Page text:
Kindness & Empathy


Kindness and empathy are important keys to healthy relationships. Teaching our children how to grow in empathy – considering how our actions make others think and feel – helps us become better friends and better citizens in society. Empathy helps us become more aware of those around us. Becoming more aware of others inspires us to take action. Empathy inspires kindness.

How to Help Your Kids Grow in Empathy

Empathy means the ability to imagine oneself in another’s place and understand the other’s feelings, desires, ideas, and actions. Consider the following ideas to help children grow in compassion:

Daily Emotions Check-In

Daily reviewing an emotions wheel after school will help children become more aware of their own emotions. Becoming aware of our emotions helps us become more aware of others too.

Asking Powerful Questions

Parents who ask powerful questions help their children grow in empathy. Here are a few ideas:

  • TV shows/books – Use fiction to ask children to consider how the characters thought or felt during various moments during the episode or chapter.
  • Siblings – Instead of simply providing consequences when siblings are fighting, ask your children to consider what emotion they made their siblings feel and how they can take appropriate actions to encourage or support their siblings.
  • School – After school, ask about your child’s friends. Which friends had a great day? Which friends might have been sad or struggling?

Empathy as a Superpower

As parents, we need to teach our children that empathy is an amazing superpower! But sometimes having superpowers can be challenging! Becoming aware of how others are feeling can be overwhelming and exhausting sometimes. One of our daughters is incredibly sensitive. She quickly picks up on the emotions of others in any environment. Our job as parents is to teach our daughter how to steward her superpowers by being aware of emotion but recognizing it’s not her job to worry about or take on the burdens of everyone around her.

Kindness is a practical action that helps us steward our superpower of empathy too. Kindness allows us to act on our awareness and do something to help someone in need. Healthy emotional processing involves action. Teaching our children how to respond in kindness to need helps them healthily process their emotions.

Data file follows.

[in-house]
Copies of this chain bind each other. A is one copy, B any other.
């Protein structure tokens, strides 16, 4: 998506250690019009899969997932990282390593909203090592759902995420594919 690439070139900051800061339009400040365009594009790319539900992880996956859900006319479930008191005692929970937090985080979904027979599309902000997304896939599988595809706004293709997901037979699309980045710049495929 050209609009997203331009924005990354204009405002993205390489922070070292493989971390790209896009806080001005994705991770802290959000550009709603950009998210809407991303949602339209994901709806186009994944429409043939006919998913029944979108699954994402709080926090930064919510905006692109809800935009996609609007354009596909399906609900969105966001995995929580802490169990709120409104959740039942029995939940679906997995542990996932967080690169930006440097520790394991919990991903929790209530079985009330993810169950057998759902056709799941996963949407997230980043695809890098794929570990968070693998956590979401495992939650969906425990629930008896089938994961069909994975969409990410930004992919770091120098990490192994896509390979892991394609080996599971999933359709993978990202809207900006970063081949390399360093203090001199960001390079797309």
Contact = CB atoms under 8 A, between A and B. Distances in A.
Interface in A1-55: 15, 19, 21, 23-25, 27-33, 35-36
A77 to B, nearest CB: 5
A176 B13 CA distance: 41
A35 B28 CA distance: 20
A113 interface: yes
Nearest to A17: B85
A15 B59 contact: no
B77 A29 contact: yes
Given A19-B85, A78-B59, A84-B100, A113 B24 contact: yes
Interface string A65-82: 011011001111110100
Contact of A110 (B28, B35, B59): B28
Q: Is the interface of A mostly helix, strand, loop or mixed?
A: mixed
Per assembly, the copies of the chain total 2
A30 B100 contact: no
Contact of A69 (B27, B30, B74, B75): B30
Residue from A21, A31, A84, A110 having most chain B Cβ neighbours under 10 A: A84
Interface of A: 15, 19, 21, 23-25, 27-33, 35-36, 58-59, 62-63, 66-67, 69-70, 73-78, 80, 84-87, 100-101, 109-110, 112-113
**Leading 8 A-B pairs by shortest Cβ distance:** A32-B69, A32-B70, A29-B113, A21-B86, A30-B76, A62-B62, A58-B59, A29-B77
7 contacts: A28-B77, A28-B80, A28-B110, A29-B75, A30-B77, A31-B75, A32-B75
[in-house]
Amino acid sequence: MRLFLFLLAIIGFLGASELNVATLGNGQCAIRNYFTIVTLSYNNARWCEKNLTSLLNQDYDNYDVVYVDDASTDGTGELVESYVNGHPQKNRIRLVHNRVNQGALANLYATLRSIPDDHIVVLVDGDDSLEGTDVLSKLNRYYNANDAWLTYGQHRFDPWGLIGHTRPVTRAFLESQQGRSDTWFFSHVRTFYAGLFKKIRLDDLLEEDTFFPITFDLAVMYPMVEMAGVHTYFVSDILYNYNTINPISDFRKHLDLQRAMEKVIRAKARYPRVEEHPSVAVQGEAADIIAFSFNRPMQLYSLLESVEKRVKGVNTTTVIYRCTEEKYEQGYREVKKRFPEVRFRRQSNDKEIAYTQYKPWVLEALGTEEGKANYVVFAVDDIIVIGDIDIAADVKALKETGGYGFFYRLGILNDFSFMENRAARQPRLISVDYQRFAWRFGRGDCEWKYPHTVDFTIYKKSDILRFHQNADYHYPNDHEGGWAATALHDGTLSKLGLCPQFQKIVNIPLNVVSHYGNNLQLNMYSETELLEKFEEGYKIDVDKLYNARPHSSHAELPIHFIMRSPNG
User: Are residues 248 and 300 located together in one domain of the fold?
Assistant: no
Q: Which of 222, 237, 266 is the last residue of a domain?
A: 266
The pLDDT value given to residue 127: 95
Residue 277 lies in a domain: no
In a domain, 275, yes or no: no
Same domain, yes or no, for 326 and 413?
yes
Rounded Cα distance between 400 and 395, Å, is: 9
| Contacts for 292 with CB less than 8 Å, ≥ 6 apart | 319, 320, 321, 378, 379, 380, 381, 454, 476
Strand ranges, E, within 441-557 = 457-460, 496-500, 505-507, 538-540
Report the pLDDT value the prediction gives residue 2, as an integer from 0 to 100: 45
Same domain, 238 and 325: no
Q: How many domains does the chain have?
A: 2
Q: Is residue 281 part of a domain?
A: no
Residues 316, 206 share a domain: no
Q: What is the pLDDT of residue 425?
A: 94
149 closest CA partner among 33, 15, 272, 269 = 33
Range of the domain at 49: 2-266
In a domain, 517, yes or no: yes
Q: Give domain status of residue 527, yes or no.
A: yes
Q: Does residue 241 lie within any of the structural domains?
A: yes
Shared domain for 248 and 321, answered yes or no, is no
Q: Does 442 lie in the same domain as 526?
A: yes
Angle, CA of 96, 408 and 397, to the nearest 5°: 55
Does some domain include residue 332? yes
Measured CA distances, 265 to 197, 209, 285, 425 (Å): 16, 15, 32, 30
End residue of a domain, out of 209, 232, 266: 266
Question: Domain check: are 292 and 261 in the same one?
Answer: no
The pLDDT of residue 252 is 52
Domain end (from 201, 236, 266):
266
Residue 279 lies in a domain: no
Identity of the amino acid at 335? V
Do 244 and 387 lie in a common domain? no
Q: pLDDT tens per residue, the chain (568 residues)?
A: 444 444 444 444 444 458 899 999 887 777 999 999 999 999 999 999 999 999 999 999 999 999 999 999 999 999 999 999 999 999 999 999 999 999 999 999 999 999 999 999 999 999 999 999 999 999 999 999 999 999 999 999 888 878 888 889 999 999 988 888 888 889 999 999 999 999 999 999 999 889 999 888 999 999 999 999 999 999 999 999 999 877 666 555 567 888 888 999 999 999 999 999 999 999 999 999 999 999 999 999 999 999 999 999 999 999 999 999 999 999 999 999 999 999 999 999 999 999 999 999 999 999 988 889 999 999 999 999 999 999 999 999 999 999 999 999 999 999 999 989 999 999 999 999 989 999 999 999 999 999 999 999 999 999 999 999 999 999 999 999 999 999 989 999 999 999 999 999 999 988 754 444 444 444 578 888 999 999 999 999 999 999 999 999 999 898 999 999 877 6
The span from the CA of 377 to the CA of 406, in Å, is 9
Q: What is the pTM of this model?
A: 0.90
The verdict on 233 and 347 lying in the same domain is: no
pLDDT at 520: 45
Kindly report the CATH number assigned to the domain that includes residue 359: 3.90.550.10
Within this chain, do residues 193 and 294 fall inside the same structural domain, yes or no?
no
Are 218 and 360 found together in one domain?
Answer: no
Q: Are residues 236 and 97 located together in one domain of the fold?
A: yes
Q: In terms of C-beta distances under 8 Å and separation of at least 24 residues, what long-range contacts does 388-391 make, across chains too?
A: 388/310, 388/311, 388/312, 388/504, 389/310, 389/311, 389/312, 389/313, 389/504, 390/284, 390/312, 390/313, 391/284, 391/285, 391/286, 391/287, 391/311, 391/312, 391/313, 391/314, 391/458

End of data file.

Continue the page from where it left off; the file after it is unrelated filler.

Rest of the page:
How Can We Help?

Practically, there are many ways we can inspire our children to grow in kindness. Consider contacting your school or local charity groups for volunteer opportunities to help others in the community. I would also recommend starting a family kindness challenge.

Family Kindness Challenge

Start at home by planning a family meeting and deciding how each family member can help each other. In the same manner, as picking names to purchase gifts, plan a family raffle where each family member picks the name of someone to help during each week of March. Provide your children with some practical examples of ways to help each other such as doing chores, writing a kind note, purchasing a small gift, letting others take turns first with tech time, and older children helping younger children learn a new skill. Rotate names each week so every person in the home has at least one turn doing something kind for each family member.

Friend Kindness Challenge

Identify a neighbor or friend in need. Work with your children to assemble a care package of food, gifts, or practical time donated to help this individual. Make it a family project where each person in the family contributes ideas on how to support this individual.

Neighbor Kindness Challenge

Plan a way to spread positive vibes to your neighbors by shoveling their walkways or baking them treats. Work with your children to try to think of unique ways to help your neighbors.

Household Kindness Challenge

Challenge each member of your family to do one positive thing for each person in the home every day. Track these activities on a calendar or whiteboard and celebrate the daily and weekly leaders in being kind at home.

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